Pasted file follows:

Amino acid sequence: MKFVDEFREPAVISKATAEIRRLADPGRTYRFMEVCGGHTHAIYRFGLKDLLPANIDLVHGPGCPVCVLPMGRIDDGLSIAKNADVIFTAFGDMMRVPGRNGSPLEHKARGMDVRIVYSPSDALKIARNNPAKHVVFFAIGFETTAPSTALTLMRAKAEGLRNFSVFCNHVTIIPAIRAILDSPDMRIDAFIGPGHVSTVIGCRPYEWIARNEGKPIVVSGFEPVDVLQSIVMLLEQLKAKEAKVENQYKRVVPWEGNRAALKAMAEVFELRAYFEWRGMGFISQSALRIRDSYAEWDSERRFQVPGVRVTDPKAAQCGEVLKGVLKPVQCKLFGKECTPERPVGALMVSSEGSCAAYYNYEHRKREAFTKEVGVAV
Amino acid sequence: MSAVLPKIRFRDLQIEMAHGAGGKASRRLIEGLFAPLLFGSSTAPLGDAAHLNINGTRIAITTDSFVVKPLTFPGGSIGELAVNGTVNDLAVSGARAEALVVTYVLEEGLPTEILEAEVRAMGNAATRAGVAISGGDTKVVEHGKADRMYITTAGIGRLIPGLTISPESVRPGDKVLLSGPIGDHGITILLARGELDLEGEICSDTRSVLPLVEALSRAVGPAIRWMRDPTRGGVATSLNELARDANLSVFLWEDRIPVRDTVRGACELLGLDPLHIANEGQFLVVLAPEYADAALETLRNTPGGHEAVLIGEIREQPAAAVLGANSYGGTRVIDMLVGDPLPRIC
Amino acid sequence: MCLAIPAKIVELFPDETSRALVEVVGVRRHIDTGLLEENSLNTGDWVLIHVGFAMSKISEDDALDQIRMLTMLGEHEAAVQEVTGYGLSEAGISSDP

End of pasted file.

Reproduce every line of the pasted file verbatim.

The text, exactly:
Amino acid sequence: MKFVDEFREPAVISKATAEIRRLADPGRTYRFMEVCGGHTHAIYRFGLKDLLPANIDLVHGPGCPVCVLPMGRIDDGLSIAKNADVIFTAFGDMMRVPGRNGSPLEHKARGMDVRIVYSPSDALKIARNNPAKHVVFFAIGFETTAPSTALTLMRAKAEGLRNFSVFCNHVTIIPAIRAILDSPDMRIDAFIGPGHVSTVIGCRPYEWIARNEGKPIVVSGFEPVDVLQSIVMLLEQLKAKEAKVENQYKRVVPWEGNRAALKAMAEVFELRAYFEWRGMGFISQSALRIRDSYAEWDSERRFQVPGVRVTDPKAAQCGEVLKGVLKPVQCKLFGKECTPERPVGALMVSSEGSCAAYYNYEHRKREAFTKEVGVAV
Amino acid sequence: MSAVLPKIRFRDLQIEMAHGAGGKASRRLIEGLFAPLLFGSSTAPLGDAAHLNINGTRIAITTDSFVVKPLTFPGGSIGELAVNGTVNDLAVSGARAEALVVTYVLEEGLPTEILEAEVRAMGNAATRAGVAISGGDTKVVEHGKADRMYITTAGIGRLIPGLTISPESVRPGDKVLLSGPIGDHGITILLARGELDLEGEICSDTRSVLPLVEALSRAVGPAIRWMRDPTRGGVATSLNELARDANLSVFLWEDRIPVRDTVRGACELLGLDPLHIANEGQFLVVLAPEYADAALETLRNTPGGHEAVLIGEIREQPAAAVLGANSYGGTRVIDMLVGDPLPRIC
Amino acid sequence: MCLAIPAKIVELFPDETSRALVEVVGVRRHIDTGLLEENSLNTGDWVLIHVGFAMSKISEDDALDQIRMLTMLGEHEAAVQEVTGYGLSEAGISSDP